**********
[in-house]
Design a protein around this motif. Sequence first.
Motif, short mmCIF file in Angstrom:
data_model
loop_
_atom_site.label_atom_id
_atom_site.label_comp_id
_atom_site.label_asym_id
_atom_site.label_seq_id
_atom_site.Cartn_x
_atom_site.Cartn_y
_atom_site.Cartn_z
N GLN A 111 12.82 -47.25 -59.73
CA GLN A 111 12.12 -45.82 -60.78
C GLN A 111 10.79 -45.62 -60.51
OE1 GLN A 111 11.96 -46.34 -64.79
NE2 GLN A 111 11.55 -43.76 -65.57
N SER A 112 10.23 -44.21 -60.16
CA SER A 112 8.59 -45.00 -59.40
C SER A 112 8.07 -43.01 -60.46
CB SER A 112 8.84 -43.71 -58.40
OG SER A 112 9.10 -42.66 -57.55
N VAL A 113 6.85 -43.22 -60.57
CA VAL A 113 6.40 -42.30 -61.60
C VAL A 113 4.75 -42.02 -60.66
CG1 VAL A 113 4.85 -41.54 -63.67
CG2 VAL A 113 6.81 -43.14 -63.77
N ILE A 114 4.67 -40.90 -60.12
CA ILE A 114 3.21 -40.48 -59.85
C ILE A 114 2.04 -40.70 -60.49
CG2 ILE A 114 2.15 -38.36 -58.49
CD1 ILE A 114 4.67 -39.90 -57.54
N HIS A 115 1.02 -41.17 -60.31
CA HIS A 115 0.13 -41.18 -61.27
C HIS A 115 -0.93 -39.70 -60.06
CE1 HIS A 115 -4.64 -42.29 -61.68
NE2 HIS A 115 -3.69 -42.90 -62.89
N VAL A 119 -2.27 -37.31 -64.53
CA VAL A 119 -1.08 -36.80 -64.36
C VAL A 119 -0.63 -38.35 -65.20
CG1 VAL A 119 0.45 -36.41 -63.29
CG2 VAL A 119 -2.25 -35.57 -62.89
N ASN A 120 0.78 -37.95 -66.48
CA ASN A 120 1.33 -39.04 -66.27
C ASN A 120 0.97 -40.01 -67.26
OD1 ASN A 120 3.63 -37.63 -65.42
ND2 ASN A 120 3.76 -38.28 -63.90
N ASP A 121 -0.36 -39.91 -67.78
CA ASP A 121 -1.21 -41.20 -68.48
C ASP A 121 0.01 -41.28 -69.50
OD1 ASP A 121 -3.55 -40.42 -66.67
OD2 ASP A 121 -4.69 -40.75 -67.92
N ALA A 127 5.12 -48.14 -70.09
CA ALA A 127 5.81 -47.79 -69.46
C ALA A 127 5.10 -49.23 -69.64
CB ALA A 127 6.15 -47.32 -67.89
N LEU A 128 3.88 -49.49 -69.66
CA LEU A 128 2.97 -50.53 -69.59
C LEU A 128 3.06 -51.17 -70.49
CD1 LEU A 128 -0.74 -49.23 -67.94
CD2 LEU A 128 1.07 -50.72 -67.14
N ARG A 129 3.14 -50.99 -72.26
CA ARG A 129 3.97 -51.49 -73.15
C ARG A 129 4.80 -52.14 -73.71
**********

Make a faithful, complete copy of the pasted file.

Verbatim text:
[in-house]
Design a protein around this motif. Sequence first.
Motif, short mmCIF file in Angstrom:
data_model
loop_
_atom_site.label_atom_id
_atom_site.label_comp_id
_atom_site.label_asym_id
_atom_site.label_seq_id
_atom_site.Cartn_x
_atom_site.Cartn_y
_atom_site.Cartn_z
N GLN A 111 12.82 -47.25 -59.73
CA GLN A 111 12.12 -45.82 -60.78
C GLN A 111 10.79 -45.62 -60.51
OE1 GLN A 111 11.96 -46.34 -64.79
NE2 GLN A 111 11.55 -43.76 -65.57
N SER A 112 10.23 -44.21 -60.16
CA SER A 112 8.59 -45.00 -59.40
C SER A 112 8.07 -43.01 -60.46
CB SER A 112 8.84 -43.71 -58.40
OG SER A 112 9.10 -42.66 -57.55
N VAL A 113 6.85 -43.22 -60.57
CA VAL A 113 6.40 -42.30 -61.60
C VAL A 113 4.75 -42.02 -60.66
CG1 VAL A 113 4.85 -41.54 -63.67
CG2 VAL A 113 6.81 -43.14 -63.77
N ILE A 114 4.67 -40.90 -60.12
CA ILE A 114 3.21 -40.48 -59.85
C ILE A 114 2.04 -40.70 -60.49
CG2 ILE A 114 2.15 -38.36 -58.49
CD1 ILE A 114 4.67 -39.90 -57.54
N HIS A 115 1.02 -41.17 -60.31
CA HIS A 115 0.13 -41.18 -61.27
C HIS A 115 -0.93 -39.70 -60.06
CE1 HIS A 115 -4.64 -42.29 -61.68
NE2 HIS A 115 -3.69 -42.90 -62.89
N VAL A 119 -2.27 -37.31 -64.53
CA VAL A 119 -1.08 -36.80 -64.36
C VAL A 119 -0.63 -38.35 -65.20
CG1 VAL A 119 0.45 -36.41 -63.29
CG2 VAL A 119 -2.25 -35.57 -62.89
N ASN A 120 0.78 -37.95 -66.48
CA ASN A 120 1.33 -39.04 -66.27
C ASN A 120 0.97 -40.01 -67.26
OD1 ASN A 120 3.63 -37.63 -65.42
ND2 ASN A 120 3.76 -38.28 -63.90
N ASP A 121 -0.36 -39.91 -67.78
CA ASP A 121 -1.21 -41.20 -68.48
C ASP A 121 0.01 -41.28 -69.50
OD1 ASP A 121 -3.55 -40.42 -66.67
OD2 ASP A 121 -4.69 -40.75 -67.92
N ALA A 127 5.12 -48.14 -70.09
CA ALA A 127 5.81 -47.79 -69.46
C ALA A 127 5.10 -49.23 -69.64
CB ALA A 127 6.15 -47.32 -67.89
N LEU A 128 3.88 -49.49 -69.66
CA LEU A 128 2.97 -50.53 -69.59
C LEU A 128 3.06 -51.17 -70.49
CD1 LEU A 128 -0.74 -49.23 -67.94
CD2 LEU A 128 1.07 -50.72 -67.14
N ARG A 129 3.14 -50.99 -72.26
CA ARG A 129 3.97 -51.49 -73.15
C ARG A 129 4.80 -52.14 -73.71